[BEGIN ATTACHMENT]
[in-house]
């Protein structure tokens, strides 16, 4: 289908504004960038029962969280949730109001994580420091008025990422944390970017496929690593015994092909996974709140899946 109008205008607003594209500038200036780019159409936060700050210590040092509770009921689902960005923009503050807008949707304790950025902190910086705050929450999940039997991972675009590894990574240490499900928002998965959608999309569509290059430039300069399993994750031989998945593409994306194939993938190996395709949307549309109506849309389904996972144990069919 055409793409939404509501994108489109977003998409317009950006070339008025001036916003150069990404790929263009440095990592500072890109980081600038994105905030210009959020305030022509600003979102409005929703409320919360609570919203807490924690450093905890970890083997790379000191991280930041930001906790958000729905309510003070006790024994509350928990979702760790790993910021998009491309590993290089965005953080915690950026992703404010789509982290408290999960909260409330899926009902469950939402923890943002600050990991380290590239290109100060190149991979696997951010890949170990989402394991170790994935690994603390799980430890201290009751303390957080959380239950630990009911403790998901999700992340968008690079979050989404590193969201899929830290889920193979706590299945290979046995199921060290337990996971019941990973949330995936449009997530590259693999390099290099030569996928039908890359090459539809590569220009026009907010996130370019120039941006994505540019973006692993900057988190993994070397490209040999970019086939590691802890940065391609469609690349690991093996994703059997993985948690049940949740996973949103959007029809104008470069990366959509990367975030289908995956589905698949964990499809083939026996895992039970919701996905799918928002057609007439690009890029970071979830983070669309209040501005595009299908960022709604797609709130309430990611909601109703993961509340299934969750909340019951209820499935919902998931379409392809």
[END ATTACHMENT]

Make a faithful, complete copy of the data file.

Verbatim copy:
[in-house]
């Protein structure tokens, strides 16, 4: 289908504004960038029962969280949730109001994580420091008025990422944390970017496929690593015994092909996974709140899946 109008205008607003594209500038200036780019159409936060700050210590040092509770009921689902960005923009503050807008949707304790950025902190910086705050929450999940039997991972675009590894990574240490499900928002998965959608999309569509290059430039300069399993994750031989998945593409994306194939993938190996395709949307549309109506849309389904996972144990069919 055409793409939404509501994108489109977003998409317009950006070339008025001036916003150069990404790929263009440095990592500072890109980081600038994105905030210009959020305030022509600003979102409005929703409320919360609570919203807490924690450093905890970890083997790379000191991280930041930001906790958000729905309510003070006790024994509350928990979702760790790993910021998009491309590993290089965005953080915690950026992703404010789509982290408290999960909260409330899926009902469950939402923890943002600050990991380290590239290109100060190149991979696997951010890949170990989402394991170790994935690994603390799980430890201290009751303390957080959380239950630990009911403790998901999700992340968008690079979050989404590193969201899929830290889920193979706590299945290979046995199921060290337990996971019941990973949330995936449009997530590259693999390099290099030569996928039908890359090459539809590569220009026009907010996130370019120039941006994505540019973006692993900057988190993994070397490209040999970019086939590691802890940065391609469609690349690991093996994703059997993985948690049940949740996973949103959007029809104008470069990366959509990367975030289908995956589905698949964990499809083939026996895992039970919701996905799918928002057609007439690009890029970071979830983070669309209040501005595009299908960022709604797609709130309430990611909601109703993961509340299934969750909340019951209820499935919902998931379409392809």